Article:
I was walking past the VP’s office, an unusual sight caught my attention, a young student, probably a seventh or eighth grader, was standing very close to a tree, his arms around its trunk. I went closer and asked him why he was standing like this.. ‘Ma’am, I have been punished.’ He replied. ‘Oh!’ I said. I was rather amused at this mode of punishment. Though I am sure the poor kid was cursing himself and the tree too. This and many other similar scenes of students being punished for ‘offences’ are a normal sight in our schools.
In the past when a child was admitted in a school, the father would say to the teacher ‘his bones are mine and skin yours’. Meaning you can inflict pain without causing him injury. The teacher thus, had the license to deal with him. From then onwards the poor child, like a dirty linen, would be beaten on a slab and quashed with a rod to ensure that learning was ‘going home.’ What happened at the end was either he emerged a learned gentleman (like most of our fathers or fore fathers) or run away to become a labourer.
Rewards and punishments are tools that are employed by all societies, competitive organizations, institutions and even religions to motivate people to do good. Nowhere in the world is this tool used so widely as in schools. Obviously, all children are not alike. All are neither bright and intelligent nor well mannered and disciplined. Some are restless and prone to disturb the class with their antics and disorderly behavior.
While the high achievers are awarded for their skills, their less fortunate class mates are subjected to punishments. Teachers punish students for offences as small as forgetting a pencil or a notebook to posing threat to the environment of school or disrupting classes. The punishments vary from gender to gender, level to level and age to age. Caning, smacking, boxing ears are common corporal punishments while some teachers employ novel ideas to reprimand their poor victims.
One teacher whom I know, was known to be a terror for his students. He use to take firm hold of the student by locking his finger in his belt and shake him like a jelly. Even after many years he left the school, the students still remember with a shudder his ‘jhatkas’. A female teacher brought baby soothers with her and any talkative girl was made to put that in her mouth. Another head teacher made the student run around the ground shouting at the top of his voice ‘I am stupid’ …. Kneeling down, standing with hands above shoulders, standing in the corner of the class, holding one’s ears are far too common.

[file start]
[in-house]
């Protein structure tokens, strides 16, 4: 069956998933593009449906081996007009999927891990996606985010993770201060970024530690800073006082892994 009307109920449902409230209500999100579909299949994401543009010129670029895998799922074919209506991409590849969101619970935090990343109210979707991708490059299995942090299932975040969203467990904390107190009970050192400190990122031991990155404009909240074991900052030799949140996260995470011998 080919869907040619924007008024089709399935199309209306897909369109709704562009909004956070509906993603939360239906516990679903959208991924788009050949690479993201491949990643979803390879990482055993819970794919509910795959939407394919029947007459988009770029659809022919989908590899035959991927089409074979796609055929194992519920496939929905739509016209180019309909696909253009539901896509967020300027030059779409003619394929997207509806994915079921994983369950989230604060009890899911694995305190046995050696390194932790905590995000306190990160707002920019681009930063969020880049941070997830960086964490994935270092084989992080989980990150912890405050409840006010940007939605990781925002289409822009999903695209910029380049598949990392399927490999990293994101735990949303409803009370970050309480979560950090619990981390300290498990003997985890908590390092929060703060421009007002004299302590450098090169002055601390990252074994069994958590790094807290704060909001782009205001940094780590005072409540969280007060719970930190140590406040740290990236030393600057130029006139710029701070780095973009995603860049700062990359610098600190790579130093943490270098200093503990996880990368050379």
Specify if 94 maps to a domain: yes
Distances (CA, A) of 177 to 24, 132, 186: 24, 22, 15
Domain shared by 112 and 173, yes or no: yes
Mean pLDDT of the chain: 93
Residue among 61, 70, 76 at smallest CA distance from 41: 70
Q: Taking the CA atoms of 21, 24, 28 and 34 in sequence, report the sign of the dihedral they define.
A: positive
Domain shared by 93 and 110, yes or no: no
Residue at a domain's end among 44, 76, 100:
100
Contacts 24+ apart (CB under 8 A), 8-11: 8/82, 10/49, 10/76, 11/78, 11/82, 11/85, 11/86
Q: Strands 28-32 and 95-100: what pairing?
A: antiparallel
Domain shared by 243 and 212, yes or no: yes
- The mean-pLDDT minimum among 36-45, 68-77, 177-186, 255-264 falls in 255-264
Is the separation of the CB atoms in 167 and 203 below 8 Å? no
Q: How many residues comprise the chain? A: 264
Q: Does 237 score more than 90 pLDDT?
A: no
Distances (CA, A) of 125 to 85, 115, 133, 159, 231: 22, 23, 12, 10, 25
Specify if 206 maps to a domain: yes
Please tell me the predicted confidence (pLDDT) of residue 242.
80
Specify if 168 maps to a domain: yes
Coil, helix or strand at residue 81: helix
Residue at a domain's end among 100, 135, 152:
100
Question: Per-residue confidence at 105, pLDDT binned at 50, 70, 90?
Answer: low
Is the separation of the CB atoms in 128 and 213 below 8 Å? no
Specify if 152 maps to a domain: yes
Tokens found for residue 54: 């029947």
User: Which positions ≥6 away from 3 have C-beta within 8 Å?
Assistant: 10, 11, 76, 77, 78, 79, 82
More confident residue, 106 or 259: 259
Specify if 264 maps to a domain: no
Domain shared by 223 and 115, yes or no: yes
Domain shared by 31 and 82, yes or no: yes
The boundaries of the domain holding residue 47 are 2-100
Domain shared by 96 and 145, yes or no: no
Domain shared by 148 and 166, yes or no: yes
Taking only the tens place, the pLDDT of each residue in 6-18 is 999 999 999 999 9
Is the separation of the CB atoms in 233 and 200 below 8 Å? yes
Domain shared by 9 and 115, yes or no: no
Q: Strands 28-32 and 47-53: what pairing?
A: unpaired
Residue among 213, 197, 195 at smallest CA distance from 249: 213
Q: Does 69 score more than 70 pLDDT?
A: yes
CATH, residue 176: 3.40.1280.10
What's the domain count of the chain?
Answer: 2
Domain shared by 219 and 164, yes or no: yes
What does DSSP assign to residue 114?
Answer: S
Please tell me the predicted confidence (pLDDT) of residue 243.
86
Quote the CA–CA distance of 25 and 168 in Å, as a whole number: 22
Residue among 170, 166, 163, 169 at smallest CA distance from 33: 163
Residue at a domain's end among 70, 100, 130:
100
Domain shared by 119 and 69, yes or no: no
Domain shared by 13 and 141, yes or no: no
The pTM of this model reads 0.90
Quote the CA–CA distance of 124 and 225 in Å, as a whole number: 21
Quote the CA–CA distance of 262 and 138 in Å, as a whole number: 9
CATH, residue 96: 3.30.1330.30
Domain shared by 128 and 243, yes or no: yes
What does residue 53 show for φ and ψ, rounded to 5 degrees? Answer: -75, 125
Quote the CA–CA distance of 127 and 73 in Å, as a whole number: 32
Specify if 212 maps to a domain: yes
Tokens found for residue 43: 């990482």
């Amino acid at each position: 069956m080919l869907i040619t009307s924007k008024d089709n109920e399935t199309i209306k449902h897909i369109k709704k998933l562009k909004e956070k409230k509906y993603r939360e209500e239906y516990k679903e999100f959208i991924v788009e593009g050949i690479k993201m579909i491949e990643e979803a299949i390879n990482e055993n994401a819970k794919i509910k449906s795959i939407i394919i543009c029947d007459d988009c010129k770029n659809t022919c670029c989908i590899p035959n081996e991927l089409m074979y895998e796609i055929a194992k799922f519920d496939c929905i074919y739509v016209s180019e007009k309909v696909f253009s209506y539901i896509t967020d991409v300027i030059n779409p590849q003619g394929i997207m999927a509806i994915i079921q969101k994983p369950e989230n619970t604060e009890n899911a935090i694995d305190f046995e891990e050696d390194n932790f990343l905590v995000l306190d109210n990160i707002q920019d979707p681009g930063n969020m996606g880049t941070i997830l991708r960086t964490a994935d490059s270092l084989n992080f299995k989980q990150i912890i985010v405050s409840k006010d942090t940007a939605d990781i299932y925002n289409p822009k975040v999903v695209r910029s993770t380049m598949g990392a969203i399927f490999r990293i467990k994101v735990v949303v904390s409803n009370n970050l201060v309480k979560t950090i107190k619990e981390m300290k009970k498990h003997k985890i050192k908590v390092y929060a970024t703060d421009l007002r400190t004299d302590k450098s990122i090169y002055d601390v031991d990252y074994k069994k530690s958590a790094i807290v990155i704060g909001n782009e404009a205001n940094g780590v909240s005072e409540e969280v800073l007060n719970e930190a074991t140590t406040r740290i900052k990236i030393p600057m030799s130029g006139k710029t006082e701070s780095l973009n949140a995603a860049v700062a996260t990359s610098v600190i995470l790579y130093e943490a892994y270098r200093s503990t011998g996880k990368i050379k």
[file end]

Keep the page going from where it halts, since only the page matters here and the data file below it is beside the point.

Not just our schools, student bashing has been in vogue in schools all over the world since times immemorial. Ragging in the academies and professional colleges is just another form. Charles Dickens laments on this aspect in his novels David Copperfield, Oliver Twist and Nicholas Nickleby. He describes the children who attended such schools : ‘Pale and haggard faced, lank and bony figures, children with the countenances of old men –There was childhood with the light of its eyes quenched, its beauty gone and its helplessness alone remaining.’
Many succeeding educationists and reformists like Pestalozzi, Froebel, Herbart and Maria Montessori brought significant changes in the theories of education and behavior with children. Reward or punishment now come in the form of grades. Although, psychological flogging in the form of grades has diminished the amount of physical flogging, the basic underlying thought is still the same that is children are seen as what they should be not what they are.
According to a recent study as reported in the Daily Telegraph in July 2011: ‘Researchers have found that smacking reduced children’s ability to think on the spot and modify their behavior.’ The study warned: ‘this could lead to lower levels of self control and poorer behavior.’ Children withdraw, lack spontaneity and have lesser evidence of conscience. In fact they feel worse about themselves. Contrary to this, David Benator in his research paper on corporal punishment concludes that ‘Corporal punishment should not be totally abandoned and is not always immoral. With appropriate restrictions, it is sometimes permissible.’
In the European and western countries and most of the states of US corporal punishment has been banned, however, it still remains in some Asian, African and Carribean countries. In the mainstream schools of the former countries face of punishment has changed but is still retained in the non-corporal form such as detention, time-outs, being grounded, suspension or even expulsion.
The modern approach to the problem of dealing with student’s misbehavior lies in developing a strategy by the teachers to instill a sense of responsibility in the students through a partnership approach, share rules and provide opportunities for success. The teacher should understand the individual’s reasons for misbehaviour and help him to alter it. This approach show significant changes in the statistics of vandalism and also improves student attitude and behavior, school atmosphere, academic performance and even personal and professional growth.
To sum up: ‘The schools should inculcate, how to be professional, how to wear a uniform with pride, how to meet deadlines that count, how to complete home work. In short schools should encourage students to have a real ownership of their lives.’